Or you can use the traditional Indian spice: asafoetida. Also called hing, it is a spice with a pungent smell and used by most Indian cooks whenever we cook beans or dal. Just a few pinches would work wonders for the flavor of the curry as well as your gut.
How do you cook beans without presoaking?
In a pressure cooker: Add 2 cups of water with ¾ cup of (unsoaked) mung beans, secure the lid and cook for 15 minutes after the first whistle.
On the stovetop: In a deep pot, boil the beans with 4 cups of water. Top up with hot water if it starts sticking to the bottom. Cook until soft, which would take about 40 to 45 minutes.
Nutrients in sprouted green gram
Green moong dal is not only easy to cook and delicious but also has numerous health benefits. (source)
- Mung beans are rich in important vitamins, minerals, protein and fiber. Sprouted mung beans contain even fewer calories but have more antioxidants and amino acids than the unsprouted ones.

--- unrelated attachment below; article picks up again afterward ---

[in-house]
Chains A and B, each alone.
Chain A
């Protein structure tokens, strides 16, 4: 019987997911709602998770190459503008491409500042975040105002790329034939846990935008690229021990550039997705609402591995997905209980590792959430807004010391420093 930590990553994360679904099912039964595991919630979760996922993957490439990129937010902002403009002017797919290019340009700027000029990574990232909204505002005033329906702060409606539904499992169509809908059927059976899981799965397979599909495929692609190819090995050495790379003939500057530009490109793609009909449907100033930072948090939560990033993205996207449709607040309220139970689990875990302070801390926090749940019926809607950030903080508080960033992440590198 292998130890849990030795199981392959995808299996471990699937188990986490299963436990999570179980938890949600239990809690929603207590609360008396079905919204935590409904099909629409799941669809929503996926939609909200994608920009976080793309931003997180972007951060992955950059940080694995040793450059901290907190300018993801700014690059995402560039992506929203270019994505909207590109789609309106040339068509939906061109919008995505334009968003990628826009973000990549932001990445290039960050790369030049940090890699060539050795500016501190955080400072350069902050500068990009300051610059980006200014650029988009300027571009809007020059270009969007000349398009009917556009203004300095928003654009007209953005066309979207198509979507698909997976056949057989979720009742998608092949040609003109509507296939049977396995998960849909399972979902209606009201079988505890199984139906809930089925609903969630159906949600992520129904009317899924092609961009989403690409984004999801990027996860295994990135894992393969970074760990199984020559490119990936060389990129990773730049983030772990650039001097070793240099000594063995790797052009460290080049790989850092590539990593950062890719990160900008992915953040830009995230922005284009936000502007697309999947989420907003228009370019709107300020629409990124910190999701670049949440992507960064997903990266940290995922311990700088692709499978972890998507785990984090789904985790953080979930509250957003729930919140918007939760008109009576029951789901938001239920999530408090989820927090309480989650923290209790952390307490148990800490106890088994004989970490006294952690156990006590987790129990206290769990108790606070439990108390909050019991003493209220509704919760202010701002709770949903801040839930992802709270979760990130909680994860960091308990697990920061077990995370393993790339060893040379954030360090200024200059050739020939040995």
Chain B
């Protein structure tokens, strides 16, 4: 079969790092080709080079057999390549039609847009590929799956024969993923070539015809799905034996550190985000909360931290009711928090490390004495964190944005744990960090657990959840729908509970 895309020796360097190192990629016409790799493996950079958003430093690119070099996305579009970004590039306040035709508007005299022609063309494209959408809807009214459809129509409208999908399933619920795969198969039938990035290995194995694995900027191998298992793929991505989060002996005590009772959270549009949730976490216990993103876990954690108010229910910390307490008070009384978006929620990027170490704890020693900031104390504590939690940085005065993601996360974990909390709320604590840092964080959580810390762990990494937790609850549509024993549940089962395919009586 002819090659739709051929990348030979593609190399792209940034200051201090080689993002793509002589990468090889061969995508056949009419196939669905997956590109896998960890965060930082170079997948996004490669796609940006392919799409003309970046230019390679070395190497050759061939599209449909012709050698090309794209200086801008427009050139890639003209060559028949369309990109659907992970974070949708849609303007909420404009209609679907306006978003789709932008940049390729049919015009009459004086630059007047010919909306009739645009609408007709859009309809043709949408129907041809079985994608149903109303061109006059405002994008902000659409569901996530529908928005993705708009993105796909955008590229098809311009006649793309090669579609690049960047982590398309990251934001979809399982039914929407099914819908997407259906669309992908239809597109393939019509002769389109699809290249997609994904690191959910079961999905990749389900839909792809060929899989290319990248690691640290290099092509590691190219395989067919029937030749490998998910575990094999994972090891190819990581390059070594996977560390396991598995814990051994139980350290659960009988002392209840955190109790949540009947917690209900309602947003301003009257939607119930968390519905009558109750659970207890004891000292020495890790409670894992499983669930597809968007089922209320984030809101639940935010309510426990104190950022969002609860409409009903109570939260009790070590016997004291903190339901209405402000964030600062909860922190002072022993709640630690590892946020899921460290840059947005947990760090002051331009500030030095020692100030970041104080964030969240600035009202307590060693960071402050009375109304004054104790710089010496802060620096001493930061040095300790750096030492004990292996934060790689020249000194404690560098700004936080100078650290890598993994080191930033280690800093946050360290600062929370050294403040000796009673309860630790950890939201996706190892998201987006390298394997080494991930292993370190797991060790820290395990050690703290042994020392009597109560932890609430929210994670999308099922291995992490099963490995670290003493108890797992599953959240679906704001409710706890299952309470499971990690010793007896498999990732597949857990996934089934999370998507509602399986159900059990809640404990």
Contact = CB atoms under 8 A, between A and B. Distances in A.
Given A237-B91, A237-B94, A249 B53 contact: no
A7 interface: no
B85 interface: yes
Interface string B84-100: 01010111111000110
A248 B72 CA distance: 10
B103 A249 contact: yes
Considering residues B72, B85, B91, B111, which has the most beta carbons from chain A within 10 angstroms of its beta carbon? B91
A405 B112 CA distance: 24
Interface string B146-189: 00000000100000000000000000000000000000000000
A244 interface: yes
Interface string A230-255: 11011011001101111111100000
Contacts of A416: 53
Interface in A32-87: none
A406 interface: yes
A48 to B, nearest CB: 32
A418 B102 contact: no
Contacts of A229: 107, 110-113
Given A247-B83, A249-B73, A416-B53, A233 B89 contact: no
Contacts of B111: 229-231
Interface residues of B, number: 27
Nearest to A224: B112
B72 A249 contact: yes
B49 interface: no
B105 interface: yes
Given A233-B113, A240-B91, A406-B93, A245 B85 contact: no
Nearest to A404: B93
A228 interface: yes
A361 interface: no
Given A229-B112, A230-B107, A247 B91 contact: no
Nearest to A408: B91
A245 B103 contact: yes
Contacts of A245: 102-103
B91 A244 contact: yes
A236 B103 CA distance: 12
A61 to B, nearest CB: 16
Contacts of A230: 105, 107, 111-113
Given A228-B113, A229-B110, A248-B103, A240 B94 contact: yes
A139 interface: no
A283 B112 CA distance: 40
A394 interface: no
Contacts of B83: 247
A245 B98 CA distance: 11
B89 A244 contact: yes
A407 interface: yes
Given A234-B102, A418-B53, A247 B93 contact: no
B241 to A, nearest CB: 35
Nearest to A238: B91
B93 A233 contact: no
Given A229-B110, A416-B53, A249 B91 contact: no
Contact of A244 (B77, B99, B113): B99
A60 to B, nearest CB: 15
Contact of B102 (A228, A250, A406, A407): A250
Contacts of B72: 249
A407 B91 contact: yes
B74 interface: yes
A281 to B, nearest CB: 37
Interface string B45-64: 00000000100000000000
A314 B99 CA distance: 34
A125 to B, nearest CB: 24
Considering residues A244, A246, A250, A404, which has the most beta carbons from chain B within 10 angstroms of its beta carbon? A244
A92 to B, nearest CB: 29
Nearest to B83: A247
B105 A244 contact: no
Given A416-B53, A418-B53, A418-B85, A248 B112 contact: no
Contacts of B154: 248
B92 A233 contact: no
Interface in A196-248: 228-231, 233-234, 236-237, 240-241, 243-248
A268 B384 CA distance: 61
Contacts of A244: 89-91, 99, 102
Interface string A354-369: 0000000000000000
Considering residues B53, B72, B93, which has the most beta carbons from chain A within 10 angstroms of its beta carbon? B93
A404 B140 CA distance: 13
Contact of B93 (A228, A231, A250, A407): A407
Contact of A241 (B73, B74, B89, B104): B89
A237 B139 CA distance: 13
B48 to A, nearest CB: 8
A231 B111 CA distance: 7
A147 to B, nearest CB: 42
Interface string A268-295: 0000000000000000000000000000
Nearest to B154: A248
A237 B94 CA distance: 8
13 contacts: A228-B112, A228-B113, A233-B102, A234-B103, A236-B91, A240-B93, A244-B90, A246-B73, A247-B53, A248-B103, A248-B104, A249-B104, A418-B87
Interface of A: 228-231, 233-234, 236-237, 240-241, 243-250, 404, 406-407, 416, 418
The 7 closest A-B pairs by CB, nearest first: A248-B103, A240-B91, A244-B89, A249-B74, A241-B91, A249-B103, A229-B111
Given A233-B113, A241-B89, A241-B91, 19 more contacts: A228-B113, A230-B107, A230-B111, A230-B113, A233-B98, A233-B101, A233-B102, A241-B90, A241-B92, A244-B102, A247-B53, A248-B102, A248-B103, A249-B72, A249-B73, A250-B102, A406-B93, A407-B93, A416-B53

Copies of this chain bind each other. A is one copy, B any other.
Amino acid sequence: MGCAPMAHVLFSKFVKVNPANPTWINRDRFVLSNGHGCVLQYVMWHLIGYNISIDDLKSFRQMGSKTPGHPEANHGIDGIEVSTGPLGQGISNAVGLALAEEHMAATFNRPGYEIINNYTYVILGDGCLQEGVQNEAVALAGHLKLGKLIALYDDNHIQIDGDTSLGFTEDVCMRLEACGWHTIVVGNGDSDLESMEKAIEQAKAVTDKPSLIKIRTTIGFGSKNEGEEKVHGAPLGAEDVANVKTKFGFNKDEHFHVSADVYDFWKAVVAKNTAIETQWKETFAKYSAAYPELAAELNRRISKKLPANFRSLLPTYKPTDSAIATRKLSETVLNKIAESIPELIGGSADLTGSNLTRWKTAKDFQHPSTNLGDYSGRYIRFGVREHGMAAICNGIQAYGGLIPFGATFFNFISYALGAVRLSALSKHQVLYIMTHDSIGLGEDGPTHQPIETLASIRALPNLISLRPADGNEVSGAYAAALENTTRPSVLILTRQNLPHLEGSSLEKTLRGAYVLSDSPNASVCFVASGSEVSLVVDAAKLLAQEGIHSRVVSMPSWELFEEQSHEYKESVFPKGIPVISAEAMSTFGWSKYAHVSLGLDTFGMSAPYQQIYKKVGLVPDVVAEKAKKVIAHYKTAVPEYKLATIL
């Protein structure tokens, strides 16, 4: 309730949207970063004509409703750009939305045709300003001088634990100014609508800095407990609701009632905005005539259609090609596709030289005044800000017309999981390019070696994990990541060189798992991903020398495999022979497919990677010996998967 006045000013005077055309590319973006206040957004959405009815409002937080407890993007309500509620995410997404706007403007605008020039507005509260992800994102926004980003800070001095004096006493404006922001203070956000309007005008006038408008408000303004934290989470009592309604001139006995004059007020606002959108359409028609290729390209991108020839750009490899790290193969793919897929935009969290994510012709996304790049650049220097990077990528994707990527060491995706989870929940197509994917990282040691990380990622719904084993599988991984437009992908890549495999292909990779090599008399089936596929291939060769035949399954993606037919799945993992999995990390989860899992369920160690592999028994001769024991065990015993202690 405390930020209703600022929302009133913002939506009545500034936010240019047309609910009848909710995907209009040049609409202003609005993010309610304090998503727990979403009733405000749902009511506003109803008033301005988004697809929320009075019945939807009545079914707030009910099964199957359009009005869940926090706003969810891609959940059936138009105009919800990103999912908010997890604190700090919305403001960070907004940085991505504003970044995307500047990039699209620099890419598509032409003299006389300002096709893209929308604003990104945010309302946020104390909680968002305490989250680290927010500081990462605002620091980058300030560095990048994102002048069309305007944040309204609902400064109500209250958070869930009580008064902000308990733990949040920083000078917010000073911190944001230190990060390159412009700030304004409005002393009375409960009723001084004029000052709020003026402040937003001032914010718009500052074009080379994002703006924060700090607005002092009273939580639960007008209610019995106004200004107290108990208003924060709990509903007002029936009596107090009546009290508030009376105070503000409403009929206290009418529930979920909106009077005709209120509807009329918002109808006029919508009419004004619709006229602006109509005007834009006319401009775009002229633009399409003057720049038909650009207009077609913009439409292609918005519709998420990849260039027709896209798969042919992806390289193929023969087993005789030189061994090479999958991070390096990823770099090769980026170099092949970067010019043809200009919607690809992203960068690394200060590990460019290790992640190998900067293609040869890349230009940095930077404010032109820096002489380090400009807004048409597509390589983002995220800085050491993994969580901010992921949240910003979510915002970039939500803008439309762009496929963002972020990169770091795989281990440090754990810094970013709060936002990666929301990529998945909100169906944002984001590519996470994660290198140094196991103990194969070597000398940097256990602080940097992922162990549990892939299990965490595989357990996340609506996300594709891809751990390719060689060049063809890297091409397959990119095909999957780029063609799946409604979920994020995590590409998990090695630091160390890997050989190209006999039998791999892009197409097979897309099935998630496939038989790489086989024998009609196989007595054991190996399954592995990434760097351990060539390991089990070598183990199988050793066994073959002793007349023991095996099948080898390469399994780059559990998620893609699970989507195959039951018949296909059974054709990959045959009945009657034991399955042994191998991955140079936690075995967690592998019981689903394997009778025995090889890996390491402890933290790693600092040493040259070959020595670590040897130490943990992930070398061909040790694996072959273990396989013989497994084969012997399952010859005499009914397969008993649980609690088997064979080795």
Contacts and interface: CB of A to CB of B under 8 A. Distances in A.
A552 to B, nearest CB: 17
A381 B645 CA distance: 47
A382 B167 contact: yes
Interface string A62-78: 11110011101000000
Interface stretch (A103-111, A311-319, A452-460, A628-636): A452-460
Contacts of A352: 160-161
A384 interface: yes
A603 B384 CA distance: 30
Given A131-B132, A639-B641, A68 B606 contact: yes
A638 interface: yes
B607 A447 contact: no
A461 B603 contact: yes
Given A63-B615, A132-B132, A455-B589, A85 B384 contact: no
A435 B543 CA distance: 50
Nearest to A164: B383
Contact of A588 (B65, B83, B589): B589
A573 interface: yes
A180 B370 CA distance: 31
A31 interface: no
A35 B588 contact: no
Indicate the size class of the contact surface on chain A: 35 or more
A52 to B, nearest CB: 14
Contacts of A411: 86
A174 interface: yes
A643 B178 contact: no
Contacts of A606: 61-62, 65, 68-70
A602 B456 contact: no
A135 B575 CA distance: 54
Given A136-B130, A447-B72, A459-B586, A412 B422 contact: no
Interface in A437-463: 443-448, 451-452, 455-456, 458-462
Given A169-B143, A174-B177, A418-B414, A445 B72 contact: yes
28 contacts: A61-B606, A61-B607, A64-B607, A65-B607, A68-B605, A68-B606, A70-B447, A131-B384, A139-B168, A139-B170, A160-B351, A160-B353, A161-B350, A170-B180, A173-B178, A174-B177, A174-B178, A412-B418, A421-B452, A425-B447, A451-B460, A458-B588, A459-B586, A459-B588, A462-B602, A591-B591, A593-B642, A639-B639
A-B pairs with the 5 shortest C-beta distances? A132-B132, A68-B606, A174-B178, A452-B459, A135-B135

- They are a good source of antioxidants. Sprouted mung contains as much as six times more antioxidants than regular mung beans.
- The anti-inflammatory properties of mung beans may prevent heat stroke.
- Consuming moong sprouts may Lower “Bad” LDL cholesterol levels, reducing heart disease risk.
- Mung beans are a good source of potassium, magnesium and fiber, which have been linked to lower blood pressure levels in adults.
- Moong beans contain soluble fiber and resistant starch, which can promote digestive health. The carbs in mung beans are also less likely to cause flatulence than those of other legumes.
- Mung beans are high in fiber and protein and contain antioxidants that may lower blood sugar levels.
- Mung beans are high in fiber and protein, which can help you lose weight.
- Mung beans are high in folate, iron and protein, all of which women need more of during pregnancy.
Other interesting ways to use mung beans
Printable curry paste recipe
Grab a printable copy of the curry paste that helps home cooks like you cook different curries in 30 minutes or less:
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Hi! I’m Sheeba, welcome to Go Healthy ever after!
I have a passion for cooking delicious nourishing food that’s easy to cook with fresh natural ingredients free from additives or preservatives. The easy healthy recipes you find here will inspire you to cook with creativity.